Any $\varepsilon$-$\delta$ proof of this limit statement using only the trigonometric or circular definition of the sine function? [duplicate]

If $x$ is in radians, then we know that $$\lim_{x \to 0} \frac{\sin x}{x} = 1.$$ An elementary "proof" involving a geometric construction is often found in calculus texts.

And, one can also supply a rigorous proof of this using the machinary of uniformly convergent series of functions. Am I right?

Now I'm wondering if it is possible to give an $\varepsilon$-$\delta$ proof of this statement but using only the trigonometric or circular definition of the sine function.

If so, then can anybody in the valued Math SE community please supply such a proof in a detailed anough answer? Thanks in advance!!

marked as duplicate by projectilemotion, Namaste calculus StackExchange.ready(function() { if (StackExchange.options.isMobile) return; $('.dupe-hammer-message-hover:not(.hover-bound)').each(function() { var$hover = $(this).addClass('hover-bound'),$msg = $hover.siblings('.dupe-hammer-message');$hover.hover( function() { $hover.showInfoMessage('', { messageElement:$msg.clone().show(), transient: false, position: { my: 'bottom left', at: 'top center', offsetTop: -7 }, dismissable: false, relativeToBody: true }); }, function() { StackExchange.helpers.removeMessages(); } ); }); }); Feb 15 '17 at 0:37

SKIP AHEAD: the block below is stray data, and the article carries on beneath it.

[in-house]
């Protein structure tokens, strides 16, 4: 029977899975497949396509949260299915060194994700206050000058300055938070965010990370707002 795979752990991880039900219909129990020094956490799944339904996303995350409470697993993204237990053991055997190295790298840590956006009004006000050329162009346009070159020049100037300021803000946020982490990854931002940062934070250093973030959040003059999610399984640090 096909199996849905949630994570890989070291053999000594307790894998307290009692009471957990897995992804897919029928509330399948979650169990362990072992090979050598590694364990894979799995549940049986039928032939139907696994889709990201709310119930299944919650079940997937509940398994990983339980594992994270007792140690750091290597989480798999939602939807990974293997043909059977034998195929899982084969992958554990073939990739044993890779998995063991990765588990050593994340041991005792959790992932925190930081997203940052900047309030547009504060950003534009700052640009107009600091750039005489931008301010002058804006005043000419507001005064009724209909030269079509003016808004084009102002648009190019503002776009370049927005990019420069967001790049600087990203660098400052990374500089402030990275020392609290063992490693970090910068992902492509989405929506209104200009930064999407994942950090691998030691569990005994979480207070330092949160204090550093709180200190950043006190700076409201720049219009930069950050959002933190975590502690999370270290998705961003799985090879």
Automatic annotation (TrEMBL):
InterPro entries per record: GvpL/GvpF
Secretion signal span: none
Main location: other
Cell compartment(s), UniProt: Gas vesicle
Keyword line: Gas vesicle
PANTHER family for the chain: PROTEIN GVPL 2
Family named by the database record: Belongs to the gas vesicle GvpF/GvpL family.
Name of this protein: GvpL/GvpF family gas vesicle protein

• By the trigonometric definition, do you mean "opposite" / "hypotenuse"? That seems pretty geometric to me. As does the circular definition, come to think of it. – Bobbie D Feb 14 '17 at 21:17
• Can you be more specific about exactly what definition you are referring to? – Hans Lundmark Feb 14 '17 at 21:18
• Does any of the proofs here satisfy your criterion: math.stackexchange.com/questions/75130/…? – Hans Lundmark Feb 14 '17 at 21:19
• The alternative proofs which are not geometric generally either rely on defining sine by its power series or as a solution to a differential equation, both of which I feel you'd consider circular reasoning (though they are not as they really just depend on how you initially define sine). – adfriedman Feb 14 '17 at 21:23
• This is meaningless unless you define what $\sin$ is. Only then do we have a solid basis to answer your question. – MathematicsStudent1122 Feb 14 '17 at 21:32

$x \in (-\frac \pi2, \frac \pi2) \implies |\sin x| \le |x| \le |\tan x|$
$1 \le |\frac {x}{\sin x}| \le |\sec x|$ and in this interval of $x,$ $x$ and $\sin x$ have the same sign.
$1 \le \frac {x}{\sin x} \le \sec x\\ 1 \ge \frac {\sin x}{x} \ge \cos x$
$\forall \epsilon > 0, \exists \delta > 0: |x|<\delta \implies |\frac {\sin x}{x} - 1| < \epsilon$
$|\frac {\sin x}{x} - 1| \le 1-\cos x$
let $\delta = \min (\frac \pi2, \arccos (1-\epsilon))$